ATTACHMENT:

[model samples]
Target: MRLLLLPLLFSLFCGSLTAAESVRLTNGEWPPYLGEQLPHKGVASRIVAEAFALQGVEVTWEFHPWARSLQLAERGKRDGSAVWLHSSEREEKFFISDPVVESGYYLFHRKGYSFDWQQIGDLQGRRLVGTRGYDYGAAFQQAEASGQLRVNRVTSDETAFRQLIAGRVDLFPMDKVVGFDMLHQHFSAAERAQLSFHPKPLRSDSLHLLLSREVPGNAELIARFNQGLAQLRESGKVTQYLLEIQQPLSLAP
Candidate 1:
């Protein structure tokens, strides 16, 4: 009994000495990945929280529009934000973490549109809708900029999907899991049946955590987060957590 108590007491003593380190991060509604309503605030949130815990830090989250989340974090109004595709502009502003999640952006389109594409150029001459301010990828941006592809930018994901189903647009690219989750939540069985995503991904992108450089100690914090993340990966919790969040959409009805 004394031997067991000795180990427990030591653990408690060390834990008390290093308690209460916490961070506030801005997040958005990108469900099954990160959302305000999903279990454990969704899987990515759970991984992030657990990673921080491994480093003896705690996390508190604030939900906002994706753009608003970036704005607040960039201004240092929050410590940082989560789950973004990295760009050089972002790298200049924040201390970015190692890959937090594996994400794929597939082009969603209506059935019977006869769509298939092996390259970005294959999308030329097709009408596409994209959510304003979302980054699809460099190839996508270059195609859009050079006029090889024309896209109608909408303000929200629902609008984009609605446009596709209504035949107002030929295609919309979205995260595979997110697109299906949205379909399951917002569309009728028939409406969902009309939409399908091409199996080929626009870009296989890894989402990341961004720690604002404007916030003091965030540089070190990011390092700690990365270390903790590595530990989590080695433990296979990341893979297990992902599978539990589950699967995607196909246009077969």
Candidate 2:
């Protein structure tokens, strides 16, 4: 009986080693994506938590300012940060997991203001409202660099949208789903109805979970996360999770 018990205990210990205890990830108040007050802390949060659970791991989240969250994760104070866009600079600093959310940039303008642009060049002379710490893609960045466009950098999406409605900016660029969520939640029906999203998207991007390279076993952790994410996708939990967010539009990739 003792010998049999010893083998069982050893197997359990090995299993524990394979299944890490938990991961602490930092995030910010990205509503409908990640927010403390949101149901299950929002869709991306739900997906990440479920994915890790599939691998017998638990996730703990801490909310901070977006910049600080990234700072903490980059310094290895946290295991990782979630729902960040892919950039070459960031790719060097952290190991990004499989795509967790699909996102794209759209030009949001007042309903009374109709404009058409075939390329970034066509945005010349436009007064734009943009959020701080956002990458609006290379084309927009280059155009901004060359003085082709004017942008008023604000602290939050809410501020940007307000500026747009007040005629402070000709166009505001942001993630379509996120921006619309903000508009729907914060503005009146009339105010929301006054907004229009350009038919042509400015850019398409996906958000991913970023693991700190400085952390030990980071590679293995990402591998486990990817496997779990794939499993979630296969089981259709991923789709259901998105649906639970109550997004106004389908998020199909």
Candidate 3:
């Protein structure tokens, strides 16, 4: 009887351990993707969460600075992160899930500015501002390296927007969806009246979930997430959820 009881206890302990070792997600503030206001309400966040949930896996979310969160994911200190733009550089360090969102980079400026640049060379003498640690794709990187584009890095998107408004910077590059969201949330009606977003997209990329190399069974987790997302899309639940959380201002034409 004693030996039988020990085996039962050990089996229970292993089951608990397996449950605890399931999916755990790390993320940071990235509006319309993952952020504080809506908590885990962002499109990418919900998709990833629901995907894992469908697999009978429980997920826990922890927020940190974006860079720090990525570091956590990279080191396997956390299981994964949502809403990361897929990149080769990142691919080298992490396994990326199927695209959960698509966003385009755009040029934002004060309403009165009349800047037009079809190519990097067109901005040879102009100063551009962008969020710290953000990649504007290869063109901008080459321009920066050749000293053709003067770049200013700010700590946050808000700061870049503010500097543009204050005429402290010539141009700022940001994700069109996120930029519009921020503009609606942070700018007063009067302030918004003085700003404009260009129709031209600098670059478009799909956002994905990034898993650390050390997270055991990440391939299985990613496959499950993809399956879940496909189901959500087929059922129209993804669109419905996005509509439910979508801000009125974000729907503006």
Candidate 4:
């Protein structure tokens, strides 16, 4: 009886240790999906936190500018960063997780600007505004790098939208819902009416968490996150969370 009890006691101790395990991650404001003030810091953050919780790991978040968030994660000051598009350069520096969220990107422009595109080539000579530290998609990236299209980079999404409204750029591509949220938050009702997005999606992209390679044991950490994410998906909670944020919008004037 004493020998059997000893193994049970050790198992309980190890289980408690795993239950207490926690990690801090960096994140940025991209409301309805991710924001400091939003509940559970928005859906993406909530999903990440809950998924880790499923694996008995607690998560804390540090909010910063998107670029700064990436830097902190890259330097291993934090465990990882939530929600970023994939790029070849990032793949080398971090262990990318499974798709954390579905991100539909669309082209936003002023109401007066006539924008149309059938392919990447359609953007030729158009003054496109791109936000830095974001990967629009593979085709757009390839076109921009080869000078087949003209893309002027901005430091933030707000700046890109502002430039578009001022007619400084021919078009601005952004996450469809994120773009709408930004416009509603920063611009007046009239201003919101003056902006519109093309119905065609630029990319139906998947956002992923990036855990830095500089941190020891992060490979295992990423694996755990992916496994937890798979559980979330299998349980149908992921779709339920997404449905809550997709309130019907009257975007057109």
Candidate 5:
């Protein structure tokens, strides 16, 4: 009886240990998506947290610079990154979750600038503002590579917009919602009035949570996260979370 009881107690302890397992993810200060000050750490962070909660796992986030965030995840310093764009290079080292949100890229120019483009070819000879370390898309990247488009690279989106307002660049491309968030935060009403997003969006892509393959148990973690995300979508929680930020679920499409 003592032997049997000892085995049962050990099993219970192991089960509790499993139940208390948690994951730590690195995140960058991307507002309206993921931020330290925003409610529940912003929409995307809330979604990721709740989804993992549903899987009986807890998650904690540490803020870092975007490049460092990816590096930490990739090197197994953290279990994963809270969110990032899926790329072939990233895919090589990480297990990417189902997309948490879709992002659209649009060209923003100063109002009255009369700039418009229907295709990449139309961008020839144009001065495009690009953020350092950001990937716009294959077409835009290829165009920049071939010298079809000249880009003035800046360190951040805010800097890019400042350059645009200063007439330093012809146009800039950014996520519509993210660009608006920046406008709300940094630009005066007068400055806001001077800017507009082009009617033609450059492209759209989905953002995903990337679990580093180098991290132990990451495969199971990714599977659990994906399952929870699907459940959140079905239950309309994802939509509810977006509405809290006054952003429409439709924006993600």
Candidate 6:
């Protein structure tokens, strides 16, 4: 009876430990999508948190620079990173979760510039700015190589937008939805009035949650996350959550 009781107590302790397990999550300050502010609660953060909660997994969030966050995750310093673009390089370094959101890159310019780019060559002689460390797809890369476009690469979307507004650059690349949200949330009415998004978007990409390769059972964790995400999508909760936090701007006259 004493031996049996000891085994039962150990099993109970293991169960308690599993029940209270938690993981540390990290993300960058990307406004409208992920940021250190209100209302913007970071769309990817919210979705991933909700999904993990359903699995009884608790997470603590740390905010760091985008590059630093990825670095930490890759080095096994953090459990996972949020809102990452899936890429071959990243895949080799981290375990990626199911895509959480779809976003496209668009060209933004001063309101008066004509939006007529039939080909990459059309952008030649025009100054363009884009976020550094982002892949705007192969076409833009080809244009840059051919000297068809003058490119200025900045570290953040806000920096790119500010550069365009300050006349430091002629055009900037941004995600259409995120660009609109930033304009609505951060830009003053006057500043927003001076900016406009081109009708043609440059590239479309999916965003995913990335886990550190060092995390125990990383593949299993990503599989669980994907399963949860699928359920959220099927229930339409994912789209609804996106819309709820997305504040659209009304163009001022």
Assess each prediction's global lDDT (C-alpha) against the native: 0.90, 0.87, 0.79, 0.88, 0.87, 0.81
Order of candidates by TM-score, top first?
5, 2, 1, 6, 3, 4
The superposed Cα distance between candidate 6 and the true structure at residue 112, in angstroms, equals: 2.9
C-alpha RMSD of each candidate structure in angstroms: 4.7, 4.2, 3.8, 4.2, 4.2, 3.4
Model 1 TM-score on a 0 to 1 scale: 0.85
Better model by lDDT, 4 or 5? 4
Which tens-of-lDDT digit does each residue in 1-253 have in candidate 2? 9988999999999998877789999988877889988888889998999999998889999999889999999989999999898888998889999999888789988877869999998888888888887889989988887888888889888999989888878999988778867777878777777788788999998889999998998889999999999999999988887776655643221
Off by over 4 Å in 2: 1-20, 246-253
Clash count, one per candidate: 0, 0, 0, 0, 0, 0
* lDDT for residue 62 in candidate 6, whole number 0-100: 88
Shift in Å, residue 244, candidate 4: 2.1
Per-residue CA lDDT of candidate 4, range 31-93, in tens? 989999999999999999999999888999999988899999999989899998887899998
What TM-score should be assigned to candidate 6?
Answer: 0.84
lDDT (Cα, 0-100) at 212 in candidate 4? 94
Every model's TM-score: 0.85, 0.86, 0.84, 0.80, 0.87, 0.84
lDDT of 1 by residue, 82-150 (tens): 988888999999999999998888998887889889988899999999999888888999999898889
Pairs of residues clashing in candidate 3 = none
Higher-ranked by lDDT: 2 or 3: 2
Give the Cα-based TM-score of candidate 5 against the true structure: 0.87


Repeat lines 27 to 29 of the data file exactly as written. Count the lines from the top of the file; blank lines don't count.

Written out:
Per-residue CA lDDT of candidate 4, range 31-93, in tens? 989999999999999999999999888999999988899999999989899998887899998
What TM-score should be assigned to candidate 6?
Answer: 0.84